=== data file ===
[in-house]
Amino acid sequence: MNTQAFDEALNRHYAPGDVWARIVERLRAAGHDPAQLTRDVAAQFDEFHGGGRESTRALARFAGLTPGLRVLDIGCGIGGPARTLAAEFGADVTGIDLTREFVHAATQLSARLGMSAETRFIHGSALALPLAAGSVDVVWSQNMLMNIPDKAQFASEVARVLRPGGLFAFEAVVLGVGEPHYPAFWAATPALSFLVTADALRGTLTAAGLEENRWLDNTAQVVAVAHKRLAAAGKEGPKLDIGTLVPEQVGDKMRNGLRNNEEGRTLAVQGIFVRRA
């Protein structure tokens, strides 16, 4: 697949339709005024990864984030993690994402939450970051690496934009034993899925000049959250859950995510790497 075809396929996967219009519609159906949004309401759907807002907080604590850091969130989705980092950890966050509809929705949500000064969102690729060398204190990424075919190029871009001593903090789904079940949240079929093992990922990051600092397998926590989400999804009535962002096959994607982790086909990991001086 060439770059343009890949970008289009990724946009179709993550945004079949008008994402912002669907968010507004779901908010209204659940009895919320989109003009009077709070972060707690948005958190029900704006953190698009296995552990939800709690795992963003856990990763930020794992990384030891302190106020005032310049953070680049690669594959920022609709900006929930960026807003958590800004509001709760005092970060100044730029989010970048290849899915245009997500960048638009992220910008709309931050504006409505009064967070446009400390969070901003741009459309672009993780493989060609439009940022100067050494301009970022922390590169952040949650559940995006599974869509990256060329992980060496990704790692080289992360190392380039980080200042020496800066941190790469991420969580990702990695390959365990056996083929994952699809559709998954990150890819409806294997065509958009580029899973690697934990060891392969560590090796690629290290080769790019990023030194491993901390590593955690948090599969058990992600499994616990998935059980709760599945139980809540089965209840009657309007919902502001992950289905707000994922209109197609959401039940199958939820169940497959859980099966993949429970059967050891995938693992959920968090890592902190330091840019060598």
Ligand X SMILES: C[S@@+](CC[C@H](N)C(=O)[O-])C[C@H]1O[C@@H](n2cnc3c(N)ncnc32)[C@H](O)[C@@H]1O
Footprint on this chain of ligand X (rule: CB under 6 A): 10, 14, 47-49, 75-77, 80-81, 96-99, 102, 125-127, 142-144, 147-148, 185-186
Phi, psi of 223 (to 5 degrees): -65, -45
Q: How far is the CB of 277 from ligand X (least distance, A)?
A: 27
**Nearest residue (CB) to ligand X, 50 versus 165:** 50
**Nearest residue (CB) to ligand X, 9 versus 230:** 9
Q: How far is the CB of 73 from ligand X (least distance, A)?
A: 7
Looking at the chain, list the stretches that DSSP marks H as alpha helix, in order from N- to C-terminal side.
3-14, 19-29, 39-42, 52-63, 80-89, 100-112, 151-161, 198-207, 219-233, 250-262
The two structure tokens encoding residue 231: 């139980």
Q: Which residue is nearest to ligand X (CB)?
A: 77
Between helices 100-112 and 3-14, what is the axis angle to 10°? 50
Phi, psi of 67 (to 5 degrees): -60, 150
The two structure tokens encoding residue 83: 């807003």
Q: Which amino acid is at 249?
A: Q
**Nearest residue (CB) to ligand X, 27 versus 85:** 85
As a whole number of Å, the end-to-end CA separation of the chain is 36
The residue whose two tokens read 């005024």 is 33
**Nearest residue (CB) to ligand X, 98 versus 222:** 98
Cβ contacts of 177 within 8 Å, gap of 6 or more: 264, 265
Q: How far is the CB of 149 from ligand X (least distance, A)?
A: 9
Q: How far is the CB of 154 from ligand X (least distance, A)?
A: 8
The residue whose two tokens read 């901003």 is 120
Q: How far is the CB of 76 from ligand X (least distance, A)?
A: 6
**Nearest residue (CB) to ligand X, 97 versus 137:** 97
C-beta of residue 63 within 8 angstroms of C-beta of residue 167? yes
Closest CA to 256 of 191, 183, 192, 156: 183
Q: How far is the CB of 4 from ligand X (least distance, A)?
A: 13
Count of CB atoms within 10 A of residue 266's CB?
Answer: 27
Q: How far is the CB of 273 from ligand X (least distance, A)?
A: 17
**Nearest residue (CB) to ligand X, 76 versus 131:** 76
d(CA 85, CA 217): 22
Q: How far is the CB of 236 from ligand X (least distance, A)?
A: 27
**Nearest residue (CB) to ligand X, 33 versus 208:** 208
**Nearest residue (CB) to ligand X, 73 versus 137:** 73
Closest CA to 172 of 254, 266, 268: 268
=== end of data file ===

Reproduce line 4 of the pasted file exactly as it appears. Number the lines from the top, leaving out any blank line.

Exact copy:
Ligand X SMILES: C[S@@+](CC[C@H](N)C(=O)[O-])C[C@H]1O[C@@H](n2cnc3c(N)ncnc32)[C@H](O)[C@@H]1O